Lawyers for the family of a 34 year old cyclist who was killed after he was in collision with a tipper truck have said more must be done to protect cyclists as the driver of the tipper truck, Robert Taylor, was today sentenced to an immediate 20 week custodial sentence, half to be served in custody and half on licence, for causing the death of music producer, Akis Kollaros, as a result of careless driving.

Mr Taylor was also disqualified from driving for 12 months.

Mr Kollaros, a Greek national working and living in London, was killed as he cycled to work. The collision with the tipper truck being driven by Robert Taylor occurred as Mr Taylor turned left into Homerton High St, East London without indicating.

On sentencing, the Judge, Noel Lucas QC said, “I want it clearly understood by those who drive vehicles of this type that they must take the greatest of care whilst driving in the streets of London to avoid precisely this type of accident.”

Mr Kollaros’ mother, Maria Kollarou, who flew from Greece for the hearing, said “Nothing can bring back the son I loved so dearly. I sincerely hope that lessons have been learnt from this tragic incident and that cycling on London’s roads will become safer as result of Akis’s death. I wish to offer my support to people who have faced similar situations and hope that we can, together, find a way to ensure that such incidents do not occur again.”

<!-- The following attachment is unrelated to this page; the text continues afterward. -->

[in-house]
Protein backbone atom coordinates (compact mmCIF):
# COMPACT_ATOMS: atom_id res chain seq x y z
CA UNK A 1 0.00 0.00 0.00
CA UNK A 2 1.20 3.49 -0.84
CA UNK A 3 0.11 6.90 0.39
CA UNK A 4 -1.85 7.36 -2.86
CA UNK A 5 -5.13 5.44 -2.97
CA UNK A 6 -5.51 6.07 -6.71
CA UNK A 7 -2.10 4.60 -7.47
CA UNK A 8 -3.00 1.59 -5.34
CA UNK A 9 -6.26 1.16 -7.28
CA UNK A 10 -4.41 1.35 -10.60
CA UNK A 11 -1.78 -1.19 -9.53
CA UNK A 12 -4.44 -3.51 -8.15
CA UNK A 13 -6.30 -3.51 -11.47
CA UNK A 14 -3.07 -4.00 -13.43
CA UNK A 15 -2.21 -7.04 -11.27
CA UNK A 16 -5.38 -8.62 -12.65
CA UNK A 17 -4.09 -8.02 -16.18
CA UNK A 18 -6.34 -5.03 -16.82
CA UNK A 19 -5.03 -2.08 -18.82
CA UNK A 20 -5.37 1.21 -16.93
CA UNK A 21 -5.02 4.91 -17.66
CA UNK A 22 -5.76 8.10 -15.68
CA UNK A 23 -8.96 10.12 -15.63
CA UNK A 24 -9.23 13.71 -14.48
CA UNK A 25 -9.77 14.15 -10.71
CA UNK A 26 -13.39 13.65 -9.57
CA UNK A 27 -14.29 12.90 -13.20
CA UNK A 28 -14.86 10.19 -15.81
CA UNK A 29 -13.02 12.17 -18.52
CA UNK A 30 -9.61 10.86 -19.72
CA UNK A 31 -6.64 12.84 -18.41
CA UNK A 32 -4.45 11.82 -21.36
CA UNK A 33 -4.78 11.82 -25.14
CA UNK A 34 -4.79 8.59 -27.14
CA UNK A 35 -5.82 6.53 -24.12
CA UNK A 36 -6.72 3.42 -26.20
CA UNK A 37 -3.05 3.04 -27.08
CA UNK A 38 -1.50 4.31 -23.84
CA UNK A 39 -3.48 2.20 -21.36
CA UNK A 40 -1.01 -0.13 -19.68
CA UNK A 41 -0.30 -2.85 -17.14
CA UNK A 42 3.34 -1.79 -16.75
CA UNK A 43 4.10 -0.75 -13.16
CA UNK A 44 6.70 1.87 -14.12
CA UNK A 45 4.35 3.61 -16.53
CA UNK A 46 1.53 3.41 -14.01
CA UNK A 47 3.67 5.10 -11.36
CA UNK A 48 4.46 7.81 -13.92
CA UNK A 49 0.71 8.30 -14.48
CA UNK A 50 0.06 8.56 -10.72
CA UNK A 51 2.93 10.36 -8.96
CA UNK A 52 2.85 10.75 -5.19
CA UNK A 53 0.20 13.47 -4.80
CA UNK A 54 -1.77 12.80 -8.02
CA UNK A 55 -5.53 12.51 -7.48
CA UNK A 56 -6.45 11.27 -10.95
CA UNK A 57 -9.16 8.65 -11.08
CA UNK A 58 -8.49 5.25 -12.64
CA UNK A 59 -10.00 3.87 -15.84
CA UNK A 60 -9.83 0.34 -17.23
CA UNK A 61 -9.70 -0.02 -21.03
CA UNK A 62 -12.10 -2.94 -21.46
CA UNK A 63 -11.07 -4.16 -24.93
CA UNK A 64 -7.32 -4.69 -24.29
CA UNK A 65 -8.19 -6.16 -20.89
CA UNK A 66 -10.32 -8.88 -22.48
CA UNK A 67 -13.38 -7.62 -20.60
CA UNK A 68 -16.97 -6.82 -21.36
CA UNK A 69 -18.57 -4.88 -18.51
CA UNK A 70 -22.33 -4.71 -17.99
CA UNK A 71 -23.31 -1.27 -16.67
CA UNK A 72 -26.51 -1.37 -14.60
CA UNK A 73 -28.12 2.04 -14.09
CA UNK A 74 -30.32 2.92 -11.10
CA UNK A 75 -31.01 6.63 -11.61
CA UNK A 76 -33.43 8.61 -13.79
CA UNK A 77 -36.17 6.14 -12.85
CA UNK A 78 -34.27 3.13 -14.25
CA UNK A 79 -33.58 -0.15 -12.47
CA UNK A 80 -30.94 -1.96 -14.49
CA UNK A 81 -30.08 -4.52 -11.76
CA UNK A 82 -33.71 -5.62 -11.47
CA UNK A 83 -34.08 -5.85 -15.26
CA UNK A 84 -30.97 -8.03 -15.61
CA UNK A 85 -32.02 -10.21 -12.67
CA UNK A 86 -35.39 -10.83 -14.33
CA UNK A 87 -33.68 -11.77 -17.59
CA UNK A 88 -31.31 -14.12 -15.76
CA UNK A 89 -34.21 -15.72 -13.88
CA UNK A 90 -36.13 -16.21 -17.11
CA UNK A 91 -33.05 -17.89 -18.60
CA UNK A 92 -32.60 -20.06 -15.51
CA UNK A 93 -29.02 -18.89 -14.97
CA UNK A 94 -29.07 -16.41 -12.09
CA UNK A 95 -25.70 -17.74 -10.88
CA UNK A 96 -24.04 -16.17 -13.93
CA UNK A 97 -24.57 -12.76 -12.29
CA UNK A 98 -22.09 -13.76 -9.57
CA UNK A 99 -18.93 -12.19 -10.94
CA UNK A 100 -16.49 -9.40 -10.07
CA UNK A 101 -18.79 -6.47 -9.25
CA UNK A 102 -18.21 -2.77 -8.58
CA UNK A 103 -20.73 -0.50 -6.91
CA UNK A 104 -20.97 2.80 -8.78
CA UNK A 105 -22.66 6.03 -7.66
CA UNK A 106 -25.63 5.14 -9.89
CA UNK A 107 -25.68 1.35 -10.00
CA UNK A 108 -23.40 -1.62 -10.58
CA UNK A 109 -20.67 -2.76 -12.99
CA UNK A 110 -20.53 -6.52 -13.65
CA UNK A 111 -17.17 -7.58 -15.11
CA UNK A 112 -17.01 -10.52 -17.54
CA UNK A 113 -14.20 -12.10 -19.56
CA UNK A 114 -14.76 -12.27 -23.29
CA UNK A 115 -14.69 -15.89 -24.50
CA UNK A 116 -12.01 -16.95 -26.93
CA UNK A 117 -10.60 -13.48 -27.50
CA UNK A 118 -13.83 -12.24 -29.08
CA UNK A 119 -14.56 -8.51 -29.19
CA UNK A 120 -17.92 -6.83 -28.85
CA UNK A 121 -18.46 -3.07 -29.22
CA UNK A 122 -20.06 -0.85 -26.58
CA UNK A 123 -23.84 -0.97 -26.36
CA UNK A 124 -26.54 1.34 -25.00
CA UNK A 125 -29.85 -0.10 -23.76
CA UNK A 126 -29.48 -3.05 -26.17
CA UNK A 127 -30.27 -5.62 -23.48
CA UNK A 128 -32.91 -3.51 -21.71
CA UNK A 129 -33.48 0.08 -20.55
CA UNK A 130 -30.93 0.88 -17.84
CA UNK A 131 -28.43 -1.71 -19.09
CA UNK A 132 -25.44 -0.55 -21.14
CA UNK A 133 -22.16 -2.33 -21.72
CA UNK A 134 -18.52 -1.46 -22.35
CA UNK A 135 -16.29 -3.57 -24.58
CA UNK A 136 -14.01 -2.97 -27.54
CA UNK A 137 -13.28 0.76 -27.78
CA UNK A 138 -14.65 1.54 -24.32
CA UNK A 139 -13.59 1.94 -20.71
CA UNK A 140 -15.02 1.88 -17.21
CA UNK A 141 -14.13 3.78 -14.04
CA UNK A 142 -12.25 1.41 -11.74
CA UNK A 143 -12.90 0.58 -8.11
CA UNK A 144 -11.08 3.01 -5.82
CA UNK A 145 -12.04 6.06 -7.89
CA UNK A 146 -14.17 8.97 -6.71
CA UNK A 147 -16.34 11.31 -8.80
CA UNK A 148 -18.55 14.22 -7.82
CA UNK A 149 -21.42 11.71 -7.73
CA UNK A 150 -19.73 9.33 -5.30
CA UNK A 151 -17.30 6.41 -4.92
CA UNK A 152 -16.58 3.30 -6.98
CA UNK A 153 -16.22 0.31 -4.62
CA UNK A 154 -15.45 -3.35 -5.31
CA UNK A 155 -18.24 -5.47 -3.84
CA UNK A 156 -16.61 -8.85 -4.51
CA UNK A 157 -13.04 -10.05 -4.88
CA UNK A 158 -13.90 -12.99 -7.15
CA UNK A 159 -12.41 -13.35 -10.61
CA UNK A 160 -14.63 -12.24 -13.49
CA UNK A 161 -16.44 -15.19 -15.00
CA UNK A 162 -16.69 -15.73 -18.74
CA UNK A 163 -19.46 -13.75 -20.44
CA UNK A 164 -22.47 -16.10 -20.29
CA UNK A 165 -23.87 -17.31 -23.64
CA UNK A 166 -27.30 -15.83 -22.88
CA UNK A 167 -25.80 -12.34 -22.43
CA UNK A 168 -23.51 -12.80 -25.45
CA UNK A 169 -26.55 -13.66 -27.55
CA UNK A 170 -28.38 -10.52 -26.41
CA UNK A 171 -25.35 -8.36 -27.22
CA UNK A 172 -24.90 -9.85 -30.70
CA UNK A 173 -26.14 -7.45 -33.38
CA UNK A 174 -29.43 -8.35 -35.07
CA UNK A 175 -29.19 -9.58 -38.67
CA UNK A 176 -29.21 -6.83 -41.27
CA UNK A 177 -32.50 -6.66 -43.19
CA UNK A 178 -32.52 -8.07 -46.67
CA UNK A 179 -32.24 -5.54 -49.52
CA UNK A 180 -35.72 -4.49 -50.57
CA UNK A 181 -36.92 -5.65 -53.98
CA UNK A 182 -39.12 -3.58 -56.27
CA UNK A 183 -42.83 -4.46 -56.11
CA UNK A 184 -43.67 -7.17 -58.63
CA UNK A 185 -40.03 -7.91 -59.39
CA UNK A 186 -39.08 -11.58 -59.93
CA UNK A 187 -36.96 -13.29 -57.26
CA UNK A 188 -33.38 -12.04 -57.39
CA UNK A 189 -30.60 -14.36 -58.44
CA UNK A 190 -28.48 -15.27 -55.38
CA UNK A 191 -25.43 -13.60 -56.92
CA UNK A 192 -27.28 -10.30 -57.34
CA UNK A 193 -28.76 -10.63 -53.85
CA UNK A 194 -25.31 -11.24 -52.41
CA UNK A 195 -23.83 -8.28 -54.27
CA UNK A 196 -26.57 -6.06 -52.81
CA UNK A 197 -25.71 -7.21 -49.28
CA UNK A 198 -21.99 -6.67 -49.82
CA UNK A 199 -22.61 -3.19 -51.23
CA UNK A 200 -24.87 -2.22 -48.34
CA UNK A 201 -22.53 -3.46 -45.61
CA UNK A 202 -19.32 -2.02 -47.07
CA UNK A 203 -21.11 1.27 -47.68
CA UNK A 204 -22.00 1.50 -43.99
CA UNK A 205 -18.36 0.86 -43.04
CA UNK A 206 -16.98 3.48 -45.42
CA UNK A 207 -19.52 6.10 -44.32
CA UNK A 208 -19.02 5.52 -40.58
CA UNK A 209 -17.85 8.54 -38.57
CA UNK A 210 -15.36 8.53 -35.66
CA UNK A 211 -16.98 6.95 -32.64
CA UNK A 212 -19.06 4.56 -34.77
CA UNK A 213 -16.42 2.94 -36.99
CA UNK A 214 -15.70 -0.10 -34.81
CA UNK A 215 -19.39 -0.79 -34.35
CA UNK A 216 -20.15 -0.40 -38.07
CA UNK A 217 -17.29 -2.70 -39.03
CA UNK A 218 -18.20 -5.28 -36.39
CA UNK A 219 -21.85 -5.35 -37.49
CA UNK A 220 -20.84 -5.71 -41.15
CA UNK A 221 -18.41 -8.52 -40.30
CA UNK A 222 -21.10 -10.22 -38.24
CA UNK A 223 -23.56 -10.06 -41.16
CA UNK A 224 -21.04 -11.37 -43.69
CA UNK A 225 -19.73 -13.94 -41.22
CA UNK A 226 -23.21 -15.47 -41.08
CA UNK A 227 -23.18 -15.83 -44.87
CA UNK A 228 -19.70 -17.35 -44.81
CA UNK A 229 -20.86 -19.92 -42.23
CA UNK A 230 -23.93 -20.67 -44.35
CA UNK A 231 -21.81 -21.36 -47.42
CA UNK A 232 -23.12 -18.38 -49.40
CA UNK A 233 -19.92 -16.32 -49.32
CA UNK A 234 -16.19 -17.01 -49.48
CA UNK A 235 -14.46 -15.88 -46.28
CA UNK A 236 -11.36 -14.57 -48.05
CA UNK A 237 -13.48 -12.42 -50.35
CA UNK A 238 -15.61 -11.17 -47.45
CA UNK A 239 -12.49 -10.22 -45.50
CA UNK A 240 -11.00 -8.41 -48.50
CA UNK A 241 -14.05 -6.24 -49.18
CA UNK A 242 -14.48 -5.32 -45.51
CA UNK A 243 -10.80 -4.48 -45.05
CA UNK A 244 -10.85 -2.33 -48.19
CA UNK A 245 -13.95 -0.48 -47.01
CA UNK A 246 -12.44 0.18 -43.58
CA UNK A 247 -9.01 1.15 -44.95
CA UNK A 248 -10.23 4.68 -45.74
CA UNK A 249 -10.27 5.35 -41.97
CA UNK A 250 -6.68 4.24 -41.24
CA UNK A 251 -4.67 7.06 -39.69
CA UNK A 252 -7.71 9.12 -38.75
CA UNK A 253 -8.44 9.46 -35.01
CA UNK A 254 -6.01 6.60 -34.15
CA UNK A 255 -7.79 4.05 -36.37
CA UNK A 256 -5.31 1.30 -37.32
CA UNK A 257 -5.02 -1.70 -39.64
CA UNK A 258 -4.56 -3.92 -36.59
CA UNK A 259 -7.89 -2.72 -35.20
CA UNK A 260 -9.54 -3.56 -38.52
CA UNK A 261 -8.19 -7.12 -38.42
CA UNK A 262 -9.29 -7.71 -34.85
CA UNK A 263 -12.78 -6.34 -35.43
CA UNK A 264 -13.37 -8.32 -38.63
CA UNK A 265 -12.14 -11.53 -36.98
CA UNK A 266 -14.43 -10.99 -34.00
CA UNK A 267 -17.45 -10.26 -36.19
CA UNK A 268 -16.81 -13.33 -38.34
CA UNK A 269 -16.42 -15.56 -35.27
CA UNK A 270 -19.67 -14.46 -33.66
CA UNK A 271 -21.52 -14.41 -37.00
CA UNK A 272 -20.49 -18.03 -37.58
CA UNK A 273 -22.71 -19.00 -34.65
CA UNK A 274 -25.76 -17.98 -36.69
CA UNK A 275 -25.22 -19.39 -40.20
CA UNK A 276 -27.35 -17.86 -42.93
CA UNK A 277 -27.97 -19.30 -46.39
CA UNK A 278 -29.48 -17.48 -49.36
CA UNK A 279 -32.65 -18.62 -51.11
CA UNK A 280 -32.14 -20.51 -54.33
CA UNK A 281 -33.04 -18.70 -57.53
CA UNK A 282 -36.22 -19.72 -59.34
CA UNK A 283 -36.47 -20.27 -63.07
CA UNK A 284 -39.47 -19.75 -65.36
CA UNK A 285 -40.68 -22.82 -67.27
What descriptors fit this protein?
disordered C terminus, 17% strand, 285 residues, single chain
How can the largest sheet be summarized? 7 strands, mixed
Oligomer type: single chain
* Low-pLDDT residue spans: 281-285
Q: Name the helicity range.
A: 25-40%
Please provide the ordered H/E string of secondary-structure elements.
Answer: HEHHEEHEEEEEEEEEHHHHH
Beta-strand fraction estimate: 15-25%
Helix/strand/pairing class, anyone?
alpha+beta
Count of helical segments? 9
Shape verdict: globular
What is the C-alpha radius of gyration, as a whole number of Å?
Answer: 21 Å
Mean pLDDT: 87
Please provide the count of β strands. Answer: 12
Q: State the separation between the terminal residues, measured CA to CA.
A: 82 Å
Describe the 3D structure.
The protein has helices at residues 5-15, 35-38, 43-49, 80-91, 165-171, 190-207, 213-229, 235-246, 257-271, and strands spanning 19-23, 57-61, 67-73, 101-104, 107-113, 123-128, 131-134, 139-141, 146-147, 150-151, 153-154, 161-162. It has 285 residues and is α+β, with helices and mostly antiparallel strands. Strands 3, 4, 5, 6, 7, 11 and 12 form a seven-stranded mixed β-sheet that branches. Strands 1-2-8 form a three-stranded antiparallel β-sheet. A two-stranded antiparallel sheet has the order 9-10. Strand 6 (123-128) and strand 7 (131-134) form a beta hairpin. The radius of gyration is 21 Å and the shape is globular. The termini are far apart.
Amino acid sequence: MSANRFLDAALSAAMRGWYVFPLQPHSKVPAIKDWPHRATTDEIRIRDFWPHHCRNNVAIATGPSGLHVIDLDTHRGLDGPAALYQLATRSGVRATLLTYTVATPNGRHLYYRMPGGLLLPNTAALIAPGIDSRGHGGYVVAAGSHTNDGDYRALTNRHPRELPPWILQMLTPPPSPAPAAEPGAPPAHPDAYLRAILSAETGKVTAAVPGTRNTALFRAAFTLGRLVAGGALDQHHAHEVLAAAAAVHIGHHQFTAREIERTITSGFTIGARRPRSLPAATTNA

Sally Moore, Partner at Leigh Day, specialists in cycling claims, who is representing the family of Mr Kollaros, commented, “Cycling should be a safe, healthy and environmentally sound means of transport; sadly the actions of a minority of drivers result in tragedies like this one.

"Akis was an experienced cyclist, a member of the British Cycling Association and London Dynamo Cycling Club. We will now be pursuing a civil action on behalf of Mrs Kollarou.”

Mr Kollaros graduated from the London College of Music and had set up his own studio producing albums by leading groups on the UK’s heavy metal scene. Friends called him, “An incredible man, immensely talented, unfailingly kind and generous” and added that he will be desperately missed by all who knew him.

Jo Lord, a close friend of Mr Kollaros, said, “Though Mr Taylor has accepted responsibility for the tragedy, we feel that local councils and the government also hold some responsibility for the death of our Akis. More should be done to protect cyclists and other vulnerable road users through revision and better consideration of routes, access and operational hours of HGVs, buses and other large vehicles in Central London, ensuring such vehicles are more responsibly and thoughtfully routed to suit their size, avoiding narrow streets and sharp turns like that of the Wardle Street/Homerton High Street junction.”